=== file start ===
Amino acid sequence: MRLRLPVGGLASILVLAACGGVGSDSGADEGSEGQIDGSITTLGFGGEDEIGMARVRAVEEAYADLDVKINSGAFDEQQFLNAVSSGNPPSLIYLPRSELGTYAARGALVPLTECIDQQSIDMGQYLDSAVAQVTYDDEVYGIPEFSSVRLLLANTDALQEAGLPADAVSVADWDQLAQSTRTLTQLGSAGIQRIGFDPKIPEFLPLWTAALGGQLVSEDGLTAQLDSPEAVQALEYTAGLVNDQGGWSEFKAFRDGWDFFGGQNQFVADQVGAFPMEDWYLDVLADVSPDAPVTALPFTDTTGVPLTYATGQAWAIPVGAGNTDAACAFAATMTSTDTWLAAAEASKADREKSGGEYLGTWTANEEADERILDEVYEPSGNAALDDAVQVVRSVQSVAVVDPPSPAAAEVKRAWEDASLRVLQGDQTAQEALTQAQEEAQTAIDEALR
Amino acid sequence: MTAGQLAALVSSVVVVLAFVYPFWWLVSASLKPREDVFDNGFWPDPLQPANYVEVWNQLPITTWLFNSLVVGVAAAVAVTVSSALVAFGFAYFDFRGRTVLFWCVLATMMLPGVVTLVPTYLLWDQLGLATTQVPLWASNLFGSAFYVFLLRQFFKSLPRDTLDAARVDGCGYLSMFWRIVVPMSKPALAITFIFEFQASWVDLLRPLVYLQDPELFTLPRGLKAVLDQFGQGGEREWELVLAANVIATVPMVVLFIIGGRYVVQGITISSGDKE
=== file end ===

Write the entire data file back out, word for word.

Amino acid sequence: MRLRLPVGGLASILVLAACGGVGSDSGADEGSEGQIDGSITTLGFGGEDEIGMARVRAVEEAYADLDVKINSGAFDEQQFLNAVSSGNPPSLIYLPRSELGTYAARGALVPLTECIDQQSIDMGQYLDSAVAQVTYDDEVYGIPEFSSVRLLLANTDALQEAGLPADAVSVADWDQLAQSTRTLTQLGSAGIQRIGFDPKIPEFLPLWTAALGGQLVSEDGLTAQLDSPEAVQALEYTAGLVNDQGGWSEFKAFRDGWDFFGGQNQFVADQVGAFPMEDWYLDVLADVSPDAPVTALPFTDTTGVPLTYATGQAWAIPVGAGNTDAACAFAATMTSTDTWLAAAEASKADREKSGGEYLGTWTANEEADERILDEVYEPSGNAALDDAVQVVRSVQSVAVVDPPSPAAAEVKRAWEDASLRVLQGDQTAQEALTQAQEEAQTAIDEALR
Amino acid sequence: MTAGQLAALVSSVVVVLAFVYPFWWLVSASLKPREDVFDNGFWPDPLQPANYVEVWNQLPITTWLFNSLVVGVAAAVAVTVSSALVAFGFAYFDFRGRTVLFWCVLATMMLPGVVTLVPTYLLWDQLGLATTQVPLWASNLFGSAFYVFLLRQFFKSLPRDTLDAARVDGCGYLSMFWRIVVPMSKPALAITFIFEFQASWVDLLRPLVYLQDPELFTLPRGLKAVLDQFGQGGEREWELVLAANVIATVPMVVLFIIGGRYVVQGITISSGDKE